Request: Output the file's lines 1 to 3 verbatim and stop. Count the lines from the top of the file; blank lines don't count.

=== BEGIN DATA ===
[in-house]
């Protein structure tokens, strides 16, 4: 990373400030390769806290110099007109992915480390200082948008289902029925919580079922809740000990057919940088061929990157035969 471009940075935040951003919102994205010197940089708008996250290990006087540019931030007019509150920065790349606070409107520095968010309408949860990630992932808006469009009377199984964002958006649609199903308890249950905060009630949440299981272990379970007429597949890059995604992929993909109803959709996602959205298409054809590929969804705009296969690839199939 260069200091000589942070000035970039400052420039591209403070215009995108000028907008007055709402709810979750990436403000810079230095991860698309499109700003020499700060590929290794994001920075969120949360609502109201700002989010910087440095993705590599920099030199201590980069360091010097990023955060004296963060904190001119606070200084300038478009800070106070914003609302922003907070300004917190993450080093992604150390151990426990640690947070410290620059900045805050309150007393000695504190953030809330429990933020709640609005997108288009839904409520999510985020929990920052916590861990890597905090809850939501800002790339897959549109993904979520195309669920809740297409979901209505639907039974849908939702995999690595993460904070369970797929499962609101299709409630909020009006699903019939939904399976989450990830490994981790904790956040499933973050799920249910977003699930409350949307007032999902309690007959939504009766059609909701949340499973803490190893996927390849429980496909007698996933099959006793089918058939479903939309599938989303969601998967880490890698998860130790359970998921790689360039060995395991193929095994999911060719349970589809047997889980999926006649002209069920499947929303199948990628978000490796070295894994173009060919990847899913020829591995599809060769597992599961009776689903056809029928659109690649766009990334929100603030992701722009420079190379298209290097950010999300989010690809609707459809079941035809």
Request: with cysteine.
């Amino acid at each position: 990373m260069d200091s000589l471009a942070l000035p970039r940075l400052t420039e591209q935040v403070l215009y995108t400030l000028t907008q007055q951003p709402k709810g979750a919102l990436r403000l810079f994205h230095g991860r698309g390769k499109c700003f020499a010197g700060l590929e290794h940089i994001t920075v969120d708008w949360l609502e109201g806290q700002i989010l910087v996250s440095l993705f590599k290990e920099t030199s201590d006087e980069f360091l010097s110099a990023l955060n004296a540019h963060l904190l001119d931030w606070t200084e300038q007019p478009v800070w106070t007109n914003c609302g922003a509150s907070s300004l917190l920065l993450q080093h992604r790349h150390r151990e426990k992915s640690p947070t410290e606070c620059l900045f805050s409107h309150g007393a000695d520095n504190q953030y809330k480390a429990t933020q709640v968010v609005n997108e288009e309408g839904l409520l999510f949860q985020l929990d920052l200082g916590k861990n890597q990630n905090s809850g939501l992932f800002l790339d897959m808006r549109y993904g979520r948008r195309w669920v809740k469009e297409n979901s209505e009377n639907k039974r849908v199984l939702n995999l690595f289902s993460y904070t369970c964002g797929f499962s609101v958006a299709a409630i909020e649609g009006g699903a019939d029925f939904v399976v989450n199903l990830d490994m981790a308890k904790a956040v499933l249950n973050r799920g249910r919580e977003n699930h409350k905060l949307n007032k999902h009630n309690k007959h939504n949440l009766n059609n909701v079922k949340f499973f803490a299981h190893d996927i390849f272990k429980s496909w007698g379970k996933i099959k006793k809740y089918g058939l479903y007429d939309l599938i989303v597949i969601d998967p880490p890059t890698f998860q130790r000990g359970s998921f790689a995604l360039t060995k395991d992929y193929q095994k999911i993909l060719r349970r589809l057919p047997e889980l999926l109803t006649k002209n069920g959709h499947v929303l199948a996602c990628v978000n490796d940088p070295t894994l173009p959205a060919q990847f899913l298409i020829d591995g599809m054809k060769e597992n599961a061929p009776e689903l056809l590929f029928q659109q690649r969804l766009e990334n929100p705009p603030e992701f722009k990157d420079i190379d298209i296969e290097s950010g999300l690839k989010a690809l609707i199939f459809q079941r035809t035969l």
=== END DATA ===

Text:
[in-house]
């Protein structure tokens, strides 16, 4: 990373400030390769806290110099007109992915480390200082948008289902029925919580079922809740000990057919940088061929990157035969 471009940075935040951003919102994205010197940089708008996250290990006087540019931030007019509150920065790349606070409107520095968010309408949860990630992932808006469009009377199984964002958006649609199903308890249950905060009630949440299981272990379970007429597949890059995604992929993909109803959709996602959205298409054809590929969804705009296969690839199939 260069200091000589942070000035970039400052420039591209403070215009995108000028907008007055709402709810979750990436403000810079230095991860698309499109700003020499700060590929290794994001920075969120949360609502109201700002989010910087440095993705590599920099030199201590980069360091010097990023955060004296963060904190001119606070200084300038478009800070106070914003609302922003907070300004917190993450080093992604150390151990426990640690947070410290620059900045805050309150007393000695504190953030809330429990933020709640609005997108288009839904409520999510985020929990920052916590861990890597905090809850939501800002790339897959549109993904979520195309669920809740297409979901209505639907039974849908939702995999690595993460904070369970797929499962609101299709409630909020009006699903019939939904399976989450990830490994981790904790956040499933973050799920249910977003699930409350949307007032999902309690007959939504009766059609909701949340499973803490190893996927390849429980496909007698996933099959006793089918058939479903939309599938989303969601998967880490890698998860130790359970998921790689360039060995395991193929095994999911060719349970589809047997889980999926006649002209069920499947929303199948990628978000490796070295894994173009060919990847899913020829591995599809060769597992599961009776689903056809029928659109690649766009990334929100603030992701722009420079190379298209290097950010999300989010690809609707459809079941035809």
Request: with cysteine.